Investors may still be nervous about Chinese stocks despite the massive decline that has made them attractive, but portfolio manager Sid Choraria assured that Alibaba’s tech titanium is not a “value trap “.
To classify Alibaba as such, investors have to believe that the e-commerce giant’s growth is in the single digits, SC Asia’s Choraria said.
Trapped value is a stock that looks cheap due to low valuation measured by metrics such as price-earnings ratios, which compare the current price of the stock to the company’s price. revenues per share. But the low prices of these stocks can be “traps” for investors if the company is plagued by financial instability or sluggish growth.
Choraria said Alibaba’s growth is healthy, in double numbers for its e-commerce and cloud computing businesses.
“I mean, the cloud computing division is … an $ 11 billion revenue business that I think will be $ 25 billion in three years,” he told “Street Signs Asia” from CNBC in a recent interview. “Digitalization is not disappearing in China – and it is an important part of development.»
“If Alibaba makes that kind of money [making], it is not value trap at these levels. Now, if … just single digits, a value trap will appear, ”he said.
He said Alibaba is one of “less than 10 companies in the world” that generates $ 15 billion in free cash flow, the money a company has after recouping costs and operating costs. in capital.
And for growth to fall sharply from recent levels, Choraria said the economy needs to slow down drastically.
“As a fund manager, I bet on Alibaba,” he said. “I like Alibaba’s chances for the next 5-10 years”, but mentioned that he had “no idea in the short term”.
Chinese tech stocks have fallen in the past year following China’s regulatory crackdown as well as threatening delisting risks for Chinese stocks in the United States.
The Hang Seng Technology Index is about 40% since last year. Alibaba shares listed in Hong Kong and the United States fell nearly 49% in the same period.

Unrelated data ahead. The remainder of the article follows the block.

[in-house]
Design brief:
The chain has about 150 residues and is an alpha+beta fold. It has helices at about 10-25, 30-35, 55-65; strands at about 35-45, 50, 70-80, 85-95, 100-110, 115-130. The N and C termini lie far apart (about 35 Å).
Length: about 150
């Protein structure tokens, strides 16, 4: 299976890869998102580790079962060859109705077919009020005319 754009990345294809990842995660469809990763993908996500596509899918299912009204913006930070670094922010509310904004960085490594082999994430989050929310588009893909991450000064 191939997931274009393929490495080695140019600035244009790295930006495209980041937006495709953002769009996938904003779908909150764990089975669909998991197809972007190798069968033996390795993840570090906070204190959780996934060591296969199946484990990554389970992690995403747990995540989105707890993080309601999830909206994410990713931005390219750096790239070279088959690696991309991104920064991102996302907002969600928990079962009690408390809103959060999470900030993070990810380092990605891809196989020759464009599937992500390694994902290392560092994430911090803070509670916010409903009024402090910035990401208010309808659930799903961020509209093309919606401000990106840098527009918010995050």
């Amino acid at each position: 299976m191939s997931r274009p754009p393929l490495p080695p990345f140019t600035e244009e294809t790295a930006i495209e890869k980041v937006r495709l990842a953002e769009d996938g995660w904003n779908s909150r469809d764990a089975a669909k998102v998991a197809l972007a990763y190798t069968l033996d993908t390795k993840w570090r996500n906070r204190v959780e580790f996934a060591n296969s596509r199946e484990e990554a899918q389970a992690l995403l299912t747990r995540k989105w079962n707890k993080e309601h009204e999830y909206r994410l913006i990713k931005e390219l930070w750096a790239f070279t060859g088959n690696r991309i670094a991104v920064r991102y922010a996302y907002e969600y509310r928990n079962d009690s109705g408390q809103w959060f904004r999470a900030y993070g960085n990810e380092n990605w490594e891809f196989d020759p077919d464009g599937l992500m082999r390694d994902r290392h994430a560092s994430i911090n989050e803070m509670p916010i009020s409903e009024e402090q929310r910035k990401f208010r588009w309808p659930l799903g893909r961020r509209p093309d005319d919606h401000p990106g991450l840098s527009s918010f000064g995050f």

Appreciations have “become too compelling” and that’s why Chinese stocks significantly outperformed the Nasdaq this year, Choraria said. He added that “we are also, potentially, close to the end of significant regulatory action” with the Chinese tech giants.
Over the past three months, the KraneShares CSI China Internet ETF has risen approximately 43%, while the Nasdaq has declined approximately 14%.
Some investment banks have also called on investors to return to Chinese stocks. Goldman recently named the stocks it says now have attractive valuations.
China has begun to reopen some cities as the worst of the recent Covid wave subsided, and the government is increasing financial investments.
In a recent note on Chinese stocks, Morgan Stanley said investors should “start adding exposure to growth in the final stages of [the] bear market. He warned, however, that investors should monitor lingering uncertainties “before they become explicitly bullish” on Chinese stocks.
Some risks include the pressure on the real estate bond market that has plagued China as companies struggle to meet repayment deadlines, as well as the uncertainties surrounding the audit dispute. between the United States and China. Chinese companies are likely to be delisted from the U.S. stock exchange if U.S. regulators fail to review company audits for three consecutive years. The two countries discussed a potential agreement to prevent radiation.